Young forward Tyson Stengle, 23, has officially been delisted. He was originally drafted by Richmond in the 2017 rookie draft and played two games before being traded to Adelaide at the end of 2018. However, he has had several off-field indiscretions. He was originally stood down last December but was officially stood down from the club this past March and has been playing with Woodville-West Torrens since. The Adelaide Crows released a statement confirming that the player and club had come to an agreement to end Stengle's employment. Stengle kicked 15 goals in 16 games for the Crows.
The Fremantle Dockers defeated the Sydney Swans by the smallest of margins to keep Fremantle's slim chance of making the finals alive. The Swans bowed out of the finals race last week, a rare event for the Swans. It is even rarer for it to happen with six matches to play. The Dockers' season was hanging on by the thread of statistical possibility, but it was the Swans who played as if they were desperate to make the finals. The Dockers played like a team that finally got desperate.
In early October, the trade period began. It ran through October 17. A number of players had previously told their clubs they wanted to go elsewhere. Some were restricted or unrestricted free agents.
Fremantle was the first club to sign a player during the free agency period. They signed Richmond defender Reece Conca. Conca, 26, is originally from West Australia and decided he wanted to return home after eight seasons and 204 games for the Tigers.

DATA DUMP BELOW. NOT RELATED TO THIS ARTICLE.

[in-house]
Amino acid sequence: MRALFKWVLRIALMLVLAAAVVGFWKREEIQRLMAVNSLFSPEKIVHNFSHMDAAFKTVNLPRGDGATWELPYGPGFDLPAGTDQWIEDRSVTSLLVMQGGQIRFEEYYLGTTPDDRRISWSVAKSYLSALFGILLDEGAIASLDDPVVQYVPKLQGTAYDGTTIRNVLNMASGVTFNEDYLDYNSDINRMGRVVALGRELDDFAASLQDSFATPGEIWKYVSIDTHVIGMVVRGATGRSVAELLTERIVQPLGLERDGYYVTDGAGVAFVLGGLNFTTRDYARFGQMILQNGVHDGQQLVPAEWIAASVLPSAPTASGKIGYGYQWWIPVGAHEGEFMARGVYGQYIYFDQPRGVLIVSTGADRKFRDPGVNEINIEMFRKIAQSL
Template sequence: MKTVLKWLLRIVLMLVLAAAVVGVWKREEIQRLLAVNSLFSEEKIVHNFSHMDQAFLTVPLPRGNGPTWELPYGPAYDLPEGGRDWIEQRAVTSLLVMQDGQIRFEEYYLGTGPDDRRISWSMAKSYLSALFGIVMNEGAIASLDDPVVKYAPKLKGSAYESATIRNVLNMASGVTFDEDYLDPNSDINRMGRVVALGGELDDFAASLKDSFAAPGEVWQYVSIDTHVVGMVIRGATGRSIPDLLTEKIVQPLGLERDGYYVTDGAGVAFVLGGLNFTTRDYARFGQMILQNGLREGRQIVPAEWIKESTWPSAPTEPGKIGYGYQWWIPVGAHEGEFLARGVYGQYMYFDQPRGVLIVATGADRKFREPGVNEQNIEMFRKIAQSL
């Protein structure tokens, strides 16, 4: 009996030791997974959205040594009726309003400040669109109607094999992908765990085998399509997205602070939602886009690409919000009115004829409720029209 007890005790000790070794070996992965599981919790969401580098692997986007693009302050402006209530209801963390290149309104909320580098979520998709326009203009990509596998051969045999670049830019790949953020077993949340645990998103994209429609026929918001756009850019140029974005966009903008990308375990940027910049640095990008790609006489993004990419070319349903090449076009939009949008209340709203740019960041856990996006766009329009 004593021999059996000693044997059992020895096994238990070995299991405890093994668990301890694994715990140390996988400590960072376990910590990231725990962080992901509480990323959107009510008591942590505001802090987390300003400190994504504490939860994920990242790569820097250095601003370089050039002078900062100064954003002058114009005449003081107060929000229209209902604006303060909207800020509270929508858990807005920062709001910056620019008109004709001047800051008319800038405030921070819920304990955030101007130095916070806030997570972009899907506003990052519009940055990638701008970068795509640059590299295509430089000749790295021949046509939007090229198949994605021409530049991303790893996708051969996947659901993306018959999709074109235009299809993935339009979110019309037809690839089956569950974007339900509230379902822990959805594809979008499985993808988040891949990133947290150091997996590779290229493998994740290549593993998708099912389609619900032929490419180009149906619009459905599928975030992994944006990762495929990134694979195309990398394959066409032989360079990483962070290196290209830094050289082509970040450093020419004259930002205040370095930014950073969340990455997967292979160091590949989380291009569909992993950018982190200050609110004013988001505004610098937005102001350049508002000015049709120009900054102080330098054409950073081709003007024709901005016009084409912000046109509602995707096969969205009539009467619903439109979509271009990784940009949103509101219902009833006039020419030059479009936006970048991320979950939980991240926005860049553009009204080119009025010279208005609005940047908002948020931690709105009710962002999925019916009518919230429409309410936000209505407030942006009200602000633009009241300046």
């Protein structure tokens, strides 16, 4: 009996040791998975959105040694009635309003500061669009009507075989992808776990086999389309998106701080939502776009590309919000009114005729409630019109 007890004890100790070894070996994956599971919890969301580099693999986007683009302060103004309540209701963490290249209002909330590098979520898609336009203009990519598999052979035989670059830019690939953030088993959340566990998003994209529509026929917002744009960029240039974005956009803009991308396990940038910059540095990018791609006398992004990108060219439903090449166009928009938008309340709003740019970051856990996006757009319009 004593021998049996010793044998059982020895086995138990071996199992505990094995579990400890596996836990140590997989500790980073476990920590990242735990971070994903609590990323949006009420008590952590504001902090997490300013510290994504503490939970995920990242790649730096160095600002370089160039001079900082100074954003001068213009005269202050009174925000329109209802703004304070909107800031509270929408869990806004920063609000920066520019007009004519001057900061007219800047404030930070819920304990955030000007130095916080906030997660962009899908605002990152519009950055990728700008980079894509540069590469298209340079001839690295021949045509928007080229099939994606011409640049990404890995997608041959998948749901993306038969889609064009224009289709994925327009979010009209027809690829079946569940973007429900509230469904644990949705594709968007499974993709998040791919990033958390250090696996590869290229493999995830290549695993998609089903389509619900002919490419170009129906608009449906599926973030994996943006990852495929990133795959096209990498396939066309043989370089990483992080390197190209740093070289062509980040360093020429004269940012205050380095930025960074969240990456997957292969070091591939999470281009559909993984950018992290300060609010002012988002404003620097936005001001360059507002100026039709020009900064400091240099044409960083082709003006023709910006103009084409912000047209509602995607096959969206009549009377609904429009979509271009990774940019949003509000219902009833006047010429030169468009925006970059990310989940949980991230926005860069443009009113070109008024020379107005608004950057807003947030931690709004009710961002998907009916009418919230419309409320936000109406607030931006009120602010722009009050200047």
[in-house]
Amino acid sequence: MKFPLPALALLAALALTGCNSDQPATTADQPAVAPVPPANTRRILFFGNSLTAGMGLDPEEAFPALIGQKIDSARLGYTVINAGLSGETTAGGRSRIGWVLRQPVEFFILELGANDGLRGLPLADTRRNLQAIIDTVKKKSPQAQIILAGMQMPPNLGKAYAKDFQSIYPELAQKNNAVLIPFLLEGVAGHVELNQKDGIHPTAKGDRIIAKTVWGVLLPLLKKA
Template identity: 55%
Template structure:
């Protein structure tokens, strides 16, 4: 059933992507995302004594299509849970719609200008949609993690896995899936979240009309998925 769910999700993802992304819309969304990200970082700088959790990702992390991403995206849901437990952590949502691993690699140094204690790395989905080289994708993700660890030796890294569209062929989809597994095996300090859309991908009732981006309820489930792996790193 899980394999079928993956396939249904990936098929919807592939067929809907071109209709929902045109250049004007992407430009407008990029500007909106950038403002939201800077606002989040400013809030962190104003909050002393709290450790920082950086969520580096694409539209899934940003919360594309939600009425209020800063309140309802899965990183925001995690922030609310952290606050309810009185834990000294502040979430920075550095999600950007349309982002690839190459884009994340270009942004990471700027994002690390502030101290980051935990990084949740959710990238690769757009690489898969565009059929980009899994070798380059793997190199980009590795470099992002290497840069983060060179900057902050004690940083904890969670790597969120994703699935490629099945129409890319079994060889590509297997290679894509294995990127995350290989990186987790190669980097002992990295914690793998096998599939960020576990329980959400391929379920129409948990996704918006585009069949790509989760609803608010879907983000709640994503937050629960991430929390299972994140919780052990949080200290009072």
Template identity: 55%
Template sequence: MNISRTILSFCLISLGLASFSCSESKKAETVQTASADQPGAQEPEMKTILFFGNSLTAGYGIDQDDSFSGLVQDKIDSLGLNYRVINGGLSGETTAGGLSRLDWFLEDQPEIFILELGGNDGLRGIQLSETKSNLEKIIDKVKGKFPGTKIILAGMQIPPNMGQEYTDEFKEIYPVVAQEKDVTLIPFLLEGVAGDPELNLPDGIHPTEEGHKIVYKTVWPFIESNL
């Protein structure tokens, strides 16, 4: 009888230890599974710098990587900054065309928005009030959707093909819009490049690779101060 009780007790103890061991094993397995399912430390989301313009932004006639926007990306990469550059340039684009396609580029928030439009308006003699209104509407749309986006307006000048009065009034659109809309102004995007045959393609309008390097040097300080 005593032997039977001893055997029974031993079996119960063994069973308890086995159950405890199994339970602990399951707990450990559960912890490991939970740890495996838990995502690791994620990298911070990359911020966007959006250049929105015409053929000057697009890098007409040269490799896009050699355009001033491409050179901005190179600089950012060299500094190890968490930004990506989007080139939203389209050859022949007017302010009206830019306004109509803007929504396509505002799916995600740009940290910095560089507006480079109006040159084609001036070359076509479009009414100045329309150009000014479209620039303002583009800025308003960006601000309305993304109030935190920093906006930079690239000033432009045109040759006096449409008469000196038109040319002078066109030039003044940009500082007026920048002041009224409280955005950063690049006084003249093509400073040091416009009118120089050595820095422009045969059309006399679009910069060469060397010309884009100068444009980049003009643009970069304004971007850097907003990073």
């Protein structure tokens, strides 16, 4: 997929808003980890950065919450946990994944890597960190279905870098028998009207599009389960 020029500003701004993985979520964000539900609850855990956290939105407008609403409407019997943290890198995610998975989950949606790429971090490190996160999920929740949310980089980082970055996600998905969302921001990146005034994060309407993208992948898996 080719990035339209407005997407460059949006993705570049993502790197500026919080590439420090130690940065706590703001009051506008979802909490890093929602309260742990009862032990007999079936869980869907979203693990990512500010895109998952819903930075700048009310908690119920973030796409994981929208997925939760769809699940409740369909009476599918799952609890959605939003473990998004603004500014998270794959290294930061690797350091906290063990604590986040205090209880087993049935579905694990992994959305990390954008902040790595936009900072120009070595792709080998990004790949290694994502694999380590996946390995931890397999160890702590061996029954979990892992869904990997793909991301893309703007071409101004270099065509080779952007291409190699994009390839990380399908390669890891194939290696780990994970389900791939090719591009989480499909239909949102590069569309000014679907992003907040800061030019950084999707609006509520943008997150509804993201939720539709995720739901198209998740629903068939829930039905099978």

Richmond players faced St Kilda at the MCG in the final game of Round 22, knowing their fate was well and truly in their own hands. Riding the wave of an incredible seven game winning streak that included on the road wins against the West Coast Eagles and Adelaide Crows, the Tigers had to beat the Saints to keep their slim Finals' chances alive. After Round 14, Richmond held a 3-10 win-loss record, placing them 16th on the AFL premiership ladder. Fast forward to Sunday, and as the Tigers ran out onto the hallowed turf of the MCG, a win would send them to 11-10 and into the Top Eight with one round to play.
Geelong went into the Round 7 clash with Richmond holding an imposing record. The Cats had beaten up the Tigers in the last ten clashes between the two combatants with an average winning margin of 65 points. To find the last Richmond victory against Geelong you have to flick the pages of AFL history book back to Round 9, 2006 - a sobering thought for a Richmond team already struggling to regain any of the solid form it displayed in 2013. Complacency would not be an issue for the Cats who tasted defeat for the first time this season at the hands of an impressive Port Adelaide in the previous round.
After going down to arch-rival Geelong last week, a fired-up Hawthorn met a struggling Richmond outfit at the MCG on Sunday afternoon. The Tigers went into the match with some recent success against the reigning AFL Premiers, having defeated the Hawks in their last two encounters.